Tag Archives: app

Disability Innovations: Talkitt app helps disabled people use their voice

Disability Innovations is a blog series that gathers some of the most interesting new products and services that aim to make disabled people’s lives easier. We hope it will inspire more innovation in the disability field.

What is Talkitt?

Talkitt is a voice to voice app which aims to enable people with motor, speech, and language conditions to communicate freely and easily using their own voice. It works by interpreting an individual’s pronunciation of words into understandable speech. Talkitt recognises the user’s vocal patterns, translates words from any language and then speaks them aloud via an app.

Approximately 1.5% of the population in the western world has some form of difficulty communicating as a result of medical conditions including: Motor Neurone Disease, Cerebral Palsy, Stroke, Brain Damage and Autism. Current communication solutions include using eye and head tracking systems or using other body movements, but none of these enable the user to really communicate in the traditional sense, by using their voice. What makes Talkitt different is that it does not rely on expensive technology, simply a smartphone app and the user’s own voice. Talkitt wants to help increase participation in everyday activities, particularly when out and about and communicating with new people.

What’s behind the idea?

Talkitt’s Chief Executive (CEO) Danny Weissberg came up with the idea in Israel back in 2012 after his grandmother had a stroke that severely impaired her speech. As a software engineer himself, Danny wanted to come up with a solution to help his grandmother. The more he explored the issue and spoke to speech and occupational therapists about it, the more he was convinced that there was a need for this sort of solution.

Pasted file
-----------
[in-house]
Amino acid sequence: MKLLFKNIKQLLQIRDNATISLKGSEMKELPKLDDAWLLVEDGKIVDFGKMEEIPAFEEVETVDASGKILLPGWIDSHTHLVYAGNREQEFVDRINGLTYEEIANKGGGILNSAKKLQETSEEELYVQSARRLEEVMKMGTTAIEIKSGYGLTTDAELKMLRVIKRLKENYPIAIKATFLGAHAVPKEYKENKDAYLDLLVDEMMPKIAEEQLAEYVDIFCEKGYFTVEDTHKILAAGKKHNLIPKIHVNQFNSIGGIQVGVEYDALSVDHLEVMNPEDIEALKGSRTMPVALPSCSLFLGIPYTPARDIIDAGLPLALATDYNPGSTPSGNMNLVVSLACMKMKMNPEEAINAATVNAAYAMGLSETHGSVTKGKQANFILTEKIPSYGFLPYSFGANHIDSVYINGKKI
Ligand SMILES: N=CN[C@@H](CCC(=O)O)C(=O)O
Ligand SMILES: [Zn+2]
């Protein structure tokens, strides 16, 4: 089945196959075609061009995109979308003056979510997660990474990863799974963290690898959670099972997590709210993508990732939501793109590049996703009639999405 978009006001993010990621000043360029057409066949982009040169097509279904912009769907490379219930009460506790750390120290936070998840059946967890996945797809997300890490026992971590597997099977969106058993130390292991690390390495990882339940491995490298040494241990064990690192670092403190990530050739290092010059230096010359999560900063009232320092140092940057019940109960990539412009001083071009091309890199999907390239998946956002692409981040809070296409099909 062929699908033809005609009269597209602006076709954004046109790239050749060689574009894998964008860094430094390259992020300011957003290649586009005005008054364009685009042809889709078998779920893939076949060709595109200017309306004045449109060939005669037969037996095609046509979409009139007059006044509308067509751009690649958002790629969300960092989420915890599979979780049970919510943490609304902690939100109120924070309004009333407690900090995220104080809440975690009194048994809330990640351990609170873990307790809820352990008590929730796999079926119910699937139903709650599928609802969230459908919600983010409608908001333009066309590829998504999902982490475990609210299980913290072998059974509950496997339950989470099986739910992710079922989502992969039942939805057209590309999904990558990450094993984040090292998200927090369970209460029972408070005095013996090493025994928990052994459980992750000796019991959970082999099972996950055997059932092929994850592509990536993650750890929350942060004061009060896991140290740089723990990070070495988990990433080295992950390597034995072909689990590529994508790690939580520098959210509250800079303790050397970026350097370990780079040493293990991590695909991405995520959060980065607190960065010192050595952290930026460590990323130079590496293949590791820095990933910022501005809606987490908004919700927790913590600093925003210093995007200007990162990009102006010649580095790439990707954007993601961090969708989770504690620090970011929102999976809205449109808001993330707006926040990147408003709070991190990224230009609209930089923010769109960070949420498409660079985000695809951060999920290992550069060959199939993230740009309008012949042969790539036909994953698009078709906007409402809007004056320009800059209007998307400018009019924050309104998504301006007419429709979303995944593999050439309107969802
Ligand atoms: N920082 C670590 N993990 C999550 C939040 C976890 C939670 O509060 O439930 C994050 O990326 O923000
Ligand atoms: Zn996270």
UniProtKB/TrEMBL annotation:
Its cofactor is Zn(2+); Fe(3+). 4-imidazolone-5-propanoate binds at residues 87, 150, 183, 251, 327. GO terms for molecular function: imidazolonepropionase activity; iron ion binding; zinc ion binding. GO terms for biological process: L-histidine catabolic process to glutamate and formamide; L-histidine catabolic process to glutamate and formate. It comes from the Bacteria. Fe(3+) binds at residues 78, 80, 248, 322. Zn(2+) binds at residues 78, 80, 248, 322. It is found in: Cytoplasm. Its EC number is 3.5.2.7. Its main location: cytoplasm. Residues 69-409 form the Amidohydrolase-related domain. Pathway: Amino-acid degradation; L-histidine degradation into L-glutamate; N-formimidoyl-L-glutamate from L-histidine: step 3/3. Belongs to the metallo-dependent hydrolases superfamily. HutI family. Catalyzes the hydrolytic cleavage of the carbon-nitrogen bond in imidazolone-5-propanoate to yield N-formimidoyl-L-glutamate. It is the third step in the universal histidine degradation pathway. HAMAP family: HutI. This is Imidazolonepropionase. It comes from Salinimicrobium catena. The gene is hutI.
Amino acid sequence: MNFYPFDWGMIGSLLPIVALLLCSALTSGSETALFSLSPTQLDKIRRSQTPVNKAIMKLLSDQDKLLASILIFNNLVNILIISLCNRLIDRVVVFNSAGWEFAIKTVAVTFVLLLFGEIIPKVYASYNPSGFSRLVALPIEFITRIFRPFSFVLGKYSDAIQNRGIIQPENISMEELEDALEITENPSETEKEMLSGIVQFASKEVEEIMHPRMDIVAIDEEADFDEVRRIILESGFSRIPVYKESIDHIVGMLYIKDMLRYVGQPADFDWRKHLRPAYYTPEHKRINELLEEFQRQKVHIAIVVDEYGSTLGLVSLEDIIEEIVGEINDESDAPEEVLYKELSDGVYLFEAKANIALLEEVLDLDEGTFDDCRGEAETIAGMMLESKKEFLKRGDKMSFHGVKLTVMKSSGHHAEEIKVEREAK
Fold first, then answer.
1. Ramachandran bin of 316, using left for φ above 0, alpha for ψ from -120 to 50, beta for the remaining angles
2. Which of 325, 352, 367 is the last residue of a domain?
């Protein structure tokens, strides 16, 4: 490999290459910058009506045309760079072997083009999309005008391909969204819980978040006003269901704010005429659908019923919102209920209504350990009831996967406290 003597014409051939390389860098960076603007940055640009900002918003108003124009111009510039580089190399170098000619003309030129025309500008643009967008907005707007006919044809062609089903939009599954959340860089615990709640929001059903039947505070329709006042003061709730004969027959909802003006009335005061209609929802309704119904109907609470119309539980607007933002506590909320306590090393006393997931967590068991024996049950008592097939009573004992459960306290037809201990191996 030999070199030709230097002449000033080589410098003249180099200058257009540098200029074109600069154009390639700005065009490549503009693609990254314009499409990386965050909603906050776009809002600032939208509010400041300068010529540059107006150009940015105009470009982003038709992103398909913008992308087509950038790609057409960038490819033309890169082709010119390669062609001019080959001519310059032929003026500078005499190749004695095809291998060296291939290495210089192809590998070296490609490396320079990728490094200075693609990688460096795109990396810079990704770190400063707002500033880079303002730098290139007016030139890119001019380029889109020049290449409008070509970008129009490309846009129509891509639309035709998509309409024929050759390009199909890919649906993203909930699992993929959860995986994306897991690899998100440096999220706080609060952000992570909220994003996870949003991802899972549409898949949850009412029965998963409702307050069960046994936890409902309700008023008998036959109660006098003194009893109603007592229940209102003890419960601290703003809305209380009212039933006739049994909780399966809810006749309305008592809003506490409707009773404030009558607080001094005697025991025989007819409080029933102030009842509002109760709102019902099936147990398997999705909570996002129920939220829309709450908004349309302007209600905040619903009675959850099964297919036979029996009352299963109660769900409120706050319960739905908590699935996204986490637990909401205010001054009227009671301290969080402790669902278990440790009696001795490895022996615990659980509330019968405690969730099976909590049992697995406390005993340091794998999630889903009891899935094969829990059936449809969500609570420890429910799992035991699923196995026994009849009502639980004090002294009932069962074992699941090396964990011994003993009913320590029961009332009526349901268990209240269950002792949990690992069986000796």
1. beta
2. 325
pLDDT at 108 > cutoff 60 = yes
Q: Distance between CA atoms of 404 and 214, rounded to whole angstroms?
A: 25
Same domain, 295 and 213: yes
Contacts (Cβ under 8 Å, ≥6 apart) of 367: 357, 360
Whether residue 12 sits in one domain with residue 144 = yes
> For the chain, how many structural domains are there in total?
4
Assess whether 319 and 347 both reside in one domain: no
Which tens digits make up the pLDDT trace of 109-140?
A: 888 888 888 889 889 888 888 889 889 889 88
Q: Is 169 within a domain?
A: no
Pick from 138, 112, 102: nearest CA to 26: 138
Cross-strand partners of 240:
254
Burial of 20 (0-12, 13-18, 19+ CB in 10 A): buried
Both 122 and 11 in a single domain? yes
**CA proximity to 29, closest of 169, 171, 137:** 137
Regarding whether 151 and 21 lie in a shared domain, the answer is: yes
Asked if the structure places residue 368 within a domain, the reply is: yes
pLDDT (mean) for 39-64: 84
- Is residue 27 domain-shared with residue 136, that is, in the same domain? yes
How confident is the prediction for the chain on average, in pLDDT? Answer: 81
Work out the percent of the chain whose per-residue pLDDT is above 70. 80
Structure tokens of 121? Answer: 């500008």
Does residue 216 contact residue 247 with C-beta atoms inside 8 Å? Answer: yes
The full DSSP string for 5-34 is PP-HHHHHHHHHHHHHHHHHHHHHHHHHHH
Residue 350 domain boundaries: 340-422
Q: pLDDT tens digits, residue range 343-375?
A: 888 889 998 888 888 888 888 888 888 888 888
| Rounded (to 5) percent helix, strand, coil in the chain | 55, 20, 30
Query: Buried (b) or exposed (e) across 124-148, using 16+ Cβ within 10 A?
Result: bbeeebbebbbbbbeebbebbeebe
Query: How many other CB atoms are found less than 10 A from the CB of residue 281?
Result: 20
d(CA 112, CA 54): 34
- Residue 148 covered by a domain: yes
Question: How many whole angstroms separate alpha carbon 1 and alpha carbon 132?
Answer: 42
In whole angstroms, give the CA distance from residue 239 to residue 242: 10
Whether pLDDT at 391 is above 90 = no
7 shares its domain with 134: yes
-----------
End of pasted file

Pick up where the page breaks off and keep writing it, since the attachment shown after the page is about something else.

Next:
In 2012 Voiceitt, the company behind Talkitt was launched as a joint venture between software engineers, technology officers and senior Occupational Therapists (OTs) to combine their technology background with the OTs experience and user insight. Inspired by Danny’s grandmother and working to use “technology for good”, Talkitt hopes to break down barriers between disabled people and their communities, and enable them to communicate and participate fully.

How does it actually work?

Talkitt is not your standard speech recognition app. The software works by creating a dictionary of sounds and their meanings, learning each individual’s way of speaking. First the user has to go through the calibration stage. This is when the app learns the user’s speech patterns by getting them to record a selection of set words and phrases dependent on their cognitive ability to create their personal dictionary. This dictionary helps the system to map what a person is saying to enable an accurate and personalised interpretation. Then the user can move on to the recognition stage where the app is able to interpret their individual pronunciation of words. The user speaks a word, it is associated with a word on the software, and the app speaks the interpretation. For example, the app can recognise the pronunciation of “o-ko-la” and the software will translate it to “chocolate”.